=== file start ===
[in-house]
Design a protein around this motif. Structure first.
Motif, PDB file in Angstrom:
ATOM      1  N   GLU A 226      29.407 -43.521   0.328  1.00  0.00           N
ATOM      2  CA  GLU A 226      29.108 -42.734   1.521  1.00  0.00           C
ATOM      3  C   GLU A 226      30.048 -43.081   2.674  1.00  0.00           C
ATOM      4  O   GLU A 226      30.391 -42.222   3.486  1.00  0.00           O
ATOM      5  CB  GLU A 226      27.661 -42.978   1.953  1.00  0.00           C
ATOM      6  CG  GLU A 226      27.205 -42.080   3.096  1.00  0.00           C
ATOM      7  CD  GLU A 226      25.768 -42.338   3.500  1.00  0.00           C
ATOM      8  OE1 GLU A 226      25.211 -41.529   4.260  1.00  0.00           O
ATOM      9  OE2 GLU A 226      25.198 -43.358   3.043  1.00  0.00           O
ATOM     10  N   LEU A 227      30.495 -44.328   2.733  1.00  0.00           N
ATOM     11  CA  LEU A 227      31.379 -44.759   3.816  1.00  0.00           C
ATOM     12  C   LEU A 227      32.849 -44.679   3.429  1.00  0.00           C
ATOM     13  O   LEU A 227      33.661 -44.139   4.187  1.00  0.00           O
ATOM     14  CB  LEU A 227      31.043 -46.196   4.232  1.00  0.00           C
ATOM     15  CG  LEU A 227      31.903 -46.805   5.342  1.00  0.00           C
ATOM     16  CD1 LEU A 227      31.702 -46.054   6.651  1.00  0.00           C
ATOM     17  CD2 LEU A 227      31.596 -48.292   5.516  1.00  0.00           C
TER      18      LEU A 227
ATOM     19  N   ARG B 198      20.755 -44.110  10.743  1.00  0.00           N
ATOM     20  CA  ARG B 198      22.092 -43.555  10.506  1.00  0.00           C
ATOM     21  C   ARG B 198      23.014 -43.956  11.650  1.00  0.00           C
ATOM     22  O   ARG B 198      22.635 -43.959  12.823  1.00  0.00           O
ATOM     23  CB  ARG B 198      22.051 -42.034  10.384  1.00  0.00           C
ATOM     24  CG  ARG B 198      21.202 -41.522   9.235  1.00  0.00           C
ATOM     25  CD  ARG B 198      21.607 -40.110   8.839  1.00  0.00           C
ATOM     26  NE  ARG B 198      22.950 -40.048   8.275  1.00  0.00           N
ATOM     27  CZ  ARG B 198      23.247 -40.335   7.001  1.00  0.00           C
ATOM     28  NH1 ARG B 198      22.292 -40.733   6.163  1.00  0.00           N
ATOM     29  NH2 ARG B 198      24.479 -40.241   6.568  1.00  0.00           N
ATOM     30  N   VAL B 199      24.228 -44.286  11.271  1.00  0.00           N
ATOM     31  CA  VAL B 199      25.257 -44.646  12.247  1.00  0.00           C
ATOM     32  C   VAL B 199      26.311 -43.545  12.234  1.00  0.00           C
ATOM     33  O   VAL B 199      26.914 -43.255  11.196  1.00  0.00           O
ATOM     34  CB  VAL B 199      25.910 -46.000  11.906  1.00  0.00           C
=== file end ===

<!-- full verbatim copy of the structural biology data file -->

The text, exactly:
[in-house]
Design a protein around this motif. Structure first.
Motif, PDB file in Angstrom:
ATOM      1  N   GLU A 226      29.407 -43.521   0.328  1.00  0.00           N
ATOM      2  CA  GLU A 226      29.108 -42.734   1.521  1.00  0.00           C
ATOM      3  C   GLU A 226      30.048 -43.081   2.674  1.00  0.00           C
ATOM      4  O   GLU A 226      30.391 -42.222   3.486  1.00  0.00           O
ATOM      5  CB  GLU A 226      27.661 -42.978   1.953  1.00  0.00           C
ATOM      6  CG  GLU A 226      27.205 -42.080   3.096  1.00  0.00           C
ATOM      7  CD  GLU A 226      25.768 -42.338   3.500  1.00  0.00           C
ATOM      8  OE1 GLU A 226      25.211 -41.529   4.260  1.00  0.00           O
ATOM      9  OE2 GLU A 226      25.198 -43.358   3.043  1.00  0.00           O
ATOM     10  N   LEU A 227      30.495 -44.328   2.733  1.00  0.00           N
ATOM     11  CA  LEU A 227      31.379 -44.759   3.816  1.00  0.00           C
ATOM     12  C   LEU A 227      32.849 -44.679   3.429  1.00  0.00           C
ATOM     13  O   LEU A 227      33.661 -44.139   4.187  1.00  0.00           O
ATOM     14  CB  LEU A 227      31.043 -46.196   4.232  1.00  0.00           C
ATOM     15  CG  LEU A 227      31.903 -46.805   5.342  1.00  0.00           C
ATOM     16  CD1 LEU A 227      31.702 -46.054   6.651  1.00  0.00           C
ATOM     17  CD2 LEU A 227      31.596 -48.292   5.516  1.00  0.00           C
TER      18      LEU A 227
ATOM     19  N   ARG B 198      20.755 -44.110  10.743  1.00  0.00           N
ATOM     20  CA  ARG B 198      22.092 -43.555  10.506  1.00  0.00           C
ATOM     21  C   ARG B 198      23.014 -43.956  11.650  1.00  0.00           C
ATOM     22  O   ARG B 198      22.635 -43.959  12.823  1.00  0.00           O
ATOM     23  CB  ARG B 198      22.051 -42.034  10.384  1.00  0.00           C
ATOM     24  CG  ARG B 198      21.202 -41.522   9.235  1.00  0.00           C
ATOM     25  CD  ARG B 198      21.607 -40.110   8.839  1.00  0.00           C
ATOM     26  NE  ARG B 198      22.950 -40.048   8.275  1.00  0.00           N
ATOM     27  CZ  ARG B 198      23.247 -40.335   7.001  1.00  0.00           C
ATOM     28  NH1 ARG B 198      22.292 -40.733   6.163  1.00  0.00           N
ATOM     29  NH2 ARG B 198      24.479 -40.241   6.568  1.00  0.00           N
ATOM     30  N   VAL B 199      24.228 -44.286  11.271  1.00  0.00           N
ATOM     31  CA  VAL B 199      25.257 -44.646  12.247  1.00  0.00           C
ATOM     32  C   VAL B 199      26.311 -43.545  12.234  1.00  0.00           C
ATOM     33  O   VAL B 199      26.914 -43.255  11.196  1.00  0.00           O
ATOM     34  CB  VAL B 199      25.910 -46.000  11.906  1.00  0.00           C